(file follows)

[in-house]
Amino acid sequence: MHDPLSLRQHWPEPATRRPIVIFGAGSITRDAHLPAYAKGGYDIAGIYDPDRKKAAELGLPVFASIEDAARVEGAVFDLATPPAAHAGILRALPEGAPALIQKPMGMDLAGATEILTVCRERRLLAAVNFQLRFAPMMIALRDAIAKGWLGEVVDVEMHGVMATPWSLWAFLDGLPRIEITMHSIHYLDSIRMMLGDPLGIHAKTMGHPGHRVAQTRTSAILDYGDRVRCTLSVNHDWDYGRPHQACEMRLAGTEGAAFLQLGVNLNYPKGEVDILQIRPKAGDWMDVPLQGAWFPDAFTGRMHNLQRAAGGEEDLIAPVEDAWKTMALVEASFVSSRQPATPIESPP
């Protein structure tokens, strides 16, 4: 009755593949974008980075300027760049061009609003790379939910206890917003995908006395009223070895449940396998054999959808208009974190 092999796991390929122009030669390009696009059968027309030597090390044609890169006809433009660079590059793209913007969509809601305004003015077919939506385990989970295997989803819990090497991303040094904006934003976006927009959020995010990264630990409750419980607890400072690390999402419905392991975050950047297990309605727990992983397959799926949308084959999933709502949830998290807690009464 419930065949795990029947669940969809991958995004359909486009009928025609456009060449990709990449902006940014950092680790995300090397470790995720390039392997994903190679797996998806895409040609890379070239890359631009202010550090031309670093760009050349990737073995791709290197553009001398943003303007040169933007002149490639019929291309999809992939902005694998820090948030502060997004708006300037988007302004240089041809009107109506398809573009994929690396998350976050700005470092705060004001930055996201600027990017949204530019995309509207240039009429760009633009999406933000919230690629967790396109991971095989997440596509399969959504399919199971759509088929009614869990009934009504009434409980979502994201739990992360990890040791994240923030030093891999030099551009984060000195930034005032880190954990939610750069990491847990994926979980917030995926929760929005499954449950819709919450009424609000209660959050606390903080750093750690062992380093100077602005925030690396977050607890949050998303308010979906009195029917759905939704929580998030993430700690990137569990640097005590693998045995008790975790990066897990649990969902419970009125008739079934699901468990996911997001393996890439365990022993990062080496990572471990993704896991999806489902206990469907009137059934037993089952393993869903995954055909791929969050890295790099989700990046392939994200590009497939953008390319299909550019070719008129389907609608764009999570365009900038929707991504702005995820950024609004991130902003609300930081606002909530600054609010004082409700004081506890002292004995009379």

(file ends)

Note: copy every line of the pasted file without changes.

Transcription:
[in-house]
Amino acid sequence: MHDPLSLRQHWPEPATRRPIVIFGAGSITRDAHLPAYAKGGYDIAGIYDPDRKKAAELGLPVFASIEDAARVEGAVFDLATPPAAHAGILRALPEGAPALIQKPMGMDLAGATEILTVCRERRLLAAVNFQLRFAPMMIALRDAIAKGWLGEVVDVEMHGVMATPWSLWAFLDGLPRIEITMHSIHYLDSIRMMLGDPLGIHAKTMGHPGHRVAQTRTSAILDYGDRVRCTLSVNHDWDYGRPHQACEMRLAGTEGAAFLQLGVNLNYPKGEVDILQIRPKAGDWMDVPLQGAWFPDAFTGRMHNLQRAAGGEEDLIAPVEDAWKTMALVEASFVSSRQPATPIESPP
């Protein structure tokens, strides 16, 4: 009755593949974008980075300027760049061009609003790379939910206890917003995908006395009223070895449940396998054999959808208009974190 092999796991390929122009030669390009696009059968027309030597090390044609890169006809433009660079590059793209913007969509809601305004003015077919939506385990989970295997989803819990090497991303040094904006934003976006927009959020995010990264630990409750419980607890400072690390999402419905392991975050950047297990309605727990992983397959799926949308084959999933709502949830998290807690009464 419930065949795990029947669940969809991958995004359909486009009928025609456009060449990709990449902006940014950092680790995300090397470790995720390039392997994903190679797996998806895409040609890379070239890359631009202010550090031309670093760009050349990737073995791709290197553009001398943003303007040169933007002149490639019929291309999809992939902005694998820090948030502060997004708006300037988007302004240089041809009107109506398809573009994929690396998350976050700005470092705060004001930055996201600027990017949204530019995309509207240039009429760009633009999406933000919230690629967790396109991971095989997440596509399969959504399919199971759509088929009614869990009934009504009434409980979502994201739990992360990890040791994240923030030093891999030099551009984060000195930034005032880190954990939610750069990491847990994926979980917030995926929760929005499954449950819709919450009424609000209660959050606390903080750093750690062992380093100077602005925030690396977050607890949050998303308010979906009195029917759905939704929580998030993430700690990137569990640097005590693998045995008790975790990066897990649990969902419970009125008739079934699901468990996911997001393996890439365990022993990062080496990572471990993704896991999806489902206990469907009137059934037993089952393993869903995954055909791929969050890295790099989700990046392939994200590009497939953008390319299909550019070719008129389907609608764009999570365009900038929707991504702005995820950024609004991130902003609300930081606002909530600054609010004082409700004081506890002292004995009379």